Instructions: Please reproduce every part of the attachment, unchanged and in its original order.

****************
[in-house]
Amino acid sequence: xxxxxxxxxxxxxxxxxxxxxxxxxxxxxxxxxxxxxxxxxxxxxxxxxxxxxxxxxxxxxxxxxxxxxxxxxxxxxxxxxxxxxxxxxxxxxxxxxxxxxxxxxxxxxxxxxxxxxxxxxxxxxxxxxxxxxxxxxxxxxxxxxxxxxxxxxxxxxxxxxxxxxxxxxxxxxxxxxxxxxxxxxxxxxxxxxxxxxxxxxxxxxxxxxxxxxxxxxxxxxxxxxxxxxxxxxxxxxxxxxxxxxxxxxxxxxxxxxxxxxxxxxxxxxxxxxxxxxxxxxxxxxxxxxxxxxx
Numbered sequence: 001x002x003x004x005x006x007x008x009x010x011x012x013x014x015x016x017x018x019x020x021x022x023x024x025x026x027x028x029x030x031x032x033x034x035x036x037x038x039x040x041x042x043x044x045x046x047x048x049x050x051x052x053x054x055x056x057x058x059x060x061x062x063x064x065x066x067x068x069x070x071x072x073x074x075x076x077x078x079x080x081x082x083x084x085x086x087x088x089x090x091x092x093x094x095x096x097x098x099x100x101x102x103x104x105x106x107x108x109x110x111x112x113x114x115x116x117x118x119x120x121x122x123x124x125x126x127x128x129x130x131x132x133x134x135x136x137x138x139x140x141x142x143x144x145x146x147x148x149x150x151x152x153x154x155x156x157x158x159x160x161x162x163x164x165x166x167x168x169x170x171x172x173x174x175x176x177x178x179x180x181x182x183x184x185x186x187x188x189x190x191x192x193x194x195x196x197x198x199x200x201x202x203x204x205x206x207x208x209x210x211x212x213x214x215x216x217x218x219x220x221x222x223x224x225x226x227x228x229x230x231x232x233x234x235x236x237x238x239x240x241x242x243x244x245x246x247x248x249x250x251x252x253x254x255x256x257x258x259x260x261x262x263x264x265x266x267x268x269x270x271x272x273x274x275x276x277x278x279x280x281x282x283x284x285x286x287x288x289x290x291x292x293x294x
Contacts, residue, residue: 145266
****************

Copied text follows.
[in-house]
Amino acid sequence: xxxxxxxxxxxxxxxxxxxxxxxxxxxxxxxxxxxxxxxxxxxxxxxxxxxxxxxxxxxxxxxxxxxxxxxxxxxxxxxxxxxxxxxxxxxxxxxxxxxxxxxxxxxxxxxxxxxxxxxxxxxxxxxxxxxxxxxxxxxxxxxxxxxxxxxxxxxxxxxxxxxxxxxxxxxxxxxxxxxxxxxxxxxxxxxxxxxxxxxxxxxxxxxxxxxxxxxxxxxxxxxxxxxxxxxxxxxxxxxxxxxxxxxxxxxxxxxxxxxxxxxxxxxxxxxxxxxxxxxxxxxxxxxxxxxxxx
Numbered sequence: 001x002x003x004x005x006x007x008x009x010x011x012x013x014x015x016x017x018x019x020x021x022x023x024x025x026x027x028x029x030x031x032x033x034x035x036x037x038x039x040x041x042x043x044x045x046x047x048x049x050x051x052x053x054x055x056x057x058x059x060x061x062x063x064x065x066x067x068x069x070x071x072x073x074x075x076x077x078x079x080x081x082x083x084x085x086x087x088x089x090x091x092x093x094x095x096x097x098x099x100x101x102x103x104x105x106x107x108x109x110x111x112x113x114x115x116x117x118x119x120x121x122x123x124x125x126x127x128x129x130x131x132x133x134x135x136x137x138x139x140x141x142x143x144x145x146x147x148x149x150x151x152x153x154x155x156x157x158x159x160x161x162x163x164x165x166x167x168x169x170x171x172x173x174x175x176x177x178x179x180x181x182x183x184x185x186x187x188x189x190x191x192x193x194x195x196x197x198x199x200x201x202x203x204x205x206x207x208x209x210x211x212x213x214x215x216x217x218x219x220x221x222x223x224x225x226x227x228x229x230x231x232x233x234x235x236x237x238x239x240x241x242x243x244x245x246x247x248x249x250x251x252x253x254x255x256x257x258x259x260x261x262x263x264x265x266x267x268x269x270x271x272x273x274x275x276x277x278x279x280x281x282x283x284x285x286x287x288x289x290x291x292x293x294x
Contacts, residue, residue: 145266